Former Rep. Alan Grayson (D-FL) managed to raise more than $150,000 for his anti-Donald Trump The Resistance Political Action Committee, but most of that money was spent on his own political interests as he explores a possible Senate run.
The Florida Democrat has tried to reinvent himself after his 2016 bid for U.S. Senate imploded thanks in part to domestic violence allegations, and he launched his "Trump Dump" project the following August to "help end the Trump presidency" through legislative action, boycotts and organized "Days of Resistance [on] the 20th of each month (inauguration anniversary)," reported The Daily Beast.
"If you liked me as your Congressman with Guts, then you'll love me as your Lawyer with Guts," he said in September 2017. "We're going to crowdfund investigations into Trump, we're going to file lawsuits, and we're going to make a whole lot of noise. Most importantly, we're going to defeat the Cheeto-in-Chief."
Hundreds of small donations made their way to The Resistance PAC, which Federal Election Commission records show raised $150,695 by the end of 2017 -- but Grayson admitted that the fundraising committee's promised actions were were "minimal and basically abandoned."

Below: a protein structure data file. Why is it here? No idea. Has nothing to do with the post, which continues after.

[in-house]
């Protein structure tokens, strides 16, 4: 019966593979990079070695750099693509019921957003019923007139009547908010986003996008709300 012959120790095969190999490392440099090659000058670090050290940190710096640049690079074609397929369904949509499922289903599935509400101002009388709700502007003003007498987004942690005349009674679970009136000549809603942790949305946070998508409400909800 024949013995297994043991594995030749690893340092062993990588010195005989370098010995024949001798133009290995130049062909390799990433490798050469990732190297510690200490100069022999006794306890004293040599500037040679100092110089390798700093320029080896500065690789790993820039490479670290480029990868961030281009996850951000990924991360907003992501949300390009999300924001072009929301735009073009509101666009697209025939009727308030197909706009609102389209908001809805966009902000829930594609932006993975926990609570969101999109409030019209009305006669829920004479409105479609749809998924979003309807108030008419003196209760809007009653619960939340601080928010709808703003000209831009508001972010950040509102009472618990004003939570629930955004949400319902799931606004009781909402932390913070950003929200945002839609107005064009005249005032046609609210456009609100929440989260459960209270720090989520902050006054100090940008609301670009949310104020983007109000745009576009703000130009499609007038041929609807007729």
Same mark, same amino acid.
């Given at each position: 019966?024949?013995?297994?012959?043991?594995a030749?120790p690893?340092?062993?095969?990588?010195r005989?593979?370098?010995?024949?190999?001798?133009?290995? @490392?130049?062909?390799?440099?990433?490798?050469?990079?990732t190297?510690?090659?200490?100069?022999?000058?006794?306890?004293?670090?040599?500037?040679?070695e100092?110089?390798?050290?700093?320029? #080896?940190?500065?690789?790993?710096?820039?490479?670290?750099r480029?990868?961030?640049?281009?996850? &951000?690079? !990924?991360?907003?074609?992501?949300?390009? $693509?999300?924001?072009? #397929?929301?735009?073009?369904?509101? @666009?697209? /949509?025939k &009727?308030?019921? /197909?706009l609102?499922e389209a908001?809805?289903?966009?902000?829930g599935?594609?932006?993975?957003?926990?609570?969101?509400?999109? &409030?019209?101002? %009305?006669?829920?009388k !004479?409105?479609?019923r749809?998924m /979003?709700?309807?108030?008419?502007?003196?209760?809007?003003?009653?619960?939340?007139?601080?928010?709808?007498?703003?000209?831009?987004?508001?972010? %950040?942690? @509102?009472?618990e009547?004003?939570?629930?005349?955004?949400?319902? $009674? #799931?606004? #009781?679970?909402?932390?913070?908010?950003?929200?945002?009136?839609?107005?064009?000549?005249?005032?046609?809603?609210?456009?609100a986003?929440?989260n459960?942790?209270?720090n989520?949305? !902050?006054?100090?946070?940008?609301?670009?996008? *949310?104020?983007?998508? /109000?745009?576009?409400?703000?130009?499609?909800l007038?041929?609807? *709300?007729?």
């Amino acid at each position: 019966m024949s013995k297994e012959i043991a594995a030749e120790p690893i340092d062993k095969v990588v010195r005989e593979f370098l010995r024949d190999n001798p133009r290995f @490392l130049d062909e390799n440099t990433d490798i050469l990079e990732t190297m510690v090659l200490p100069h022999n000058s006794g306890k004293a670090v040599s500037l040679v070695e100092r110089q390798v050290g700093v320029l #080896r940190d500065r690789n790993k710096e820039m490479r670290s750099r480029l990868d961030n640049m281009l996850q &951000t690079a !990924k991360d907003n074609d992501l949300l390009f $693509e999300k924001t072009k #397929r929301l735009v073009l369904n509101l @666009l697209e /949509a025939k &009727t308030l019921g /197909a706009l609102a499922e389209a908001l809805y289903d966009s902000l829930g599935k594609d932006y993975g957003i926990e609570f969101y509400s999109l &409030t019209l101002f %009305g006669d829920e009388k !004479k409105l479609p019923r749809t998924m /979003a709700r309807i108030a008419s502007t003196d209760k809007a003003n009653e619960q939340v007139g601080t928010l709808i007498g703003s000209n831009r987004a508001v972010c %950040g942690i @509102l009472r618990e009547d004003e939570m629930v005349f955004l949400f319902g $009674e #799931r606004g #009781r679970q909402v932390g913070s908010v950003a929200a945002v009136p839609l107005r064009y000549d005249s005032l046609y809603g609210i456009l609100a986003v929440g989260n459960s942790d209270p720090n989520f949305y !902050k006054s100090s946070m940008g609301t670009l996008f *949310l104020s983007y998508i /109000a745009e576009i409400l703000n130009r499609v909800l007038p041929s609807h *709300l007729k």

"It did not take off in the way that I was hoping," Grayson told The Daily Beast. "We weren't getting the kind of response that we wanted to get, it was not a successful organizing effort, so over time, we let it go."
Instead the money went mostly on web services and additional fundraising vendors who helped with Grayson's unsuccessful attempt to return to Congress, but the former lawmaker denies engaging in deceptive messaging and claims he doesn't remember the PAC raising that much money.
"The leadership PAC complied meticulously with the law, and your innuendo that some hypothetical donor might have been somehow misled simply has no basis," Grayson said. "There is no practice, or policy, or obligation of any kind that a leadership PAC indicates or discloses which candidate has that leadership PAC."
Government watchdogs say the former congressman's fundraising activity may not be illegal, but the PAC could have violated regulations if it failed to report payments to vendors for the 2018 campaign.
"They're essentially slush funds for politicians, and they have a lot of leeway. And you get into these thorny questions of what is actually helping their campaign," said Robert Maguire, research director for the watchdog group Citizens for Responsibility and Ethics in Washington. "Rules should be in place to give donors the information they need about who they are giving money to."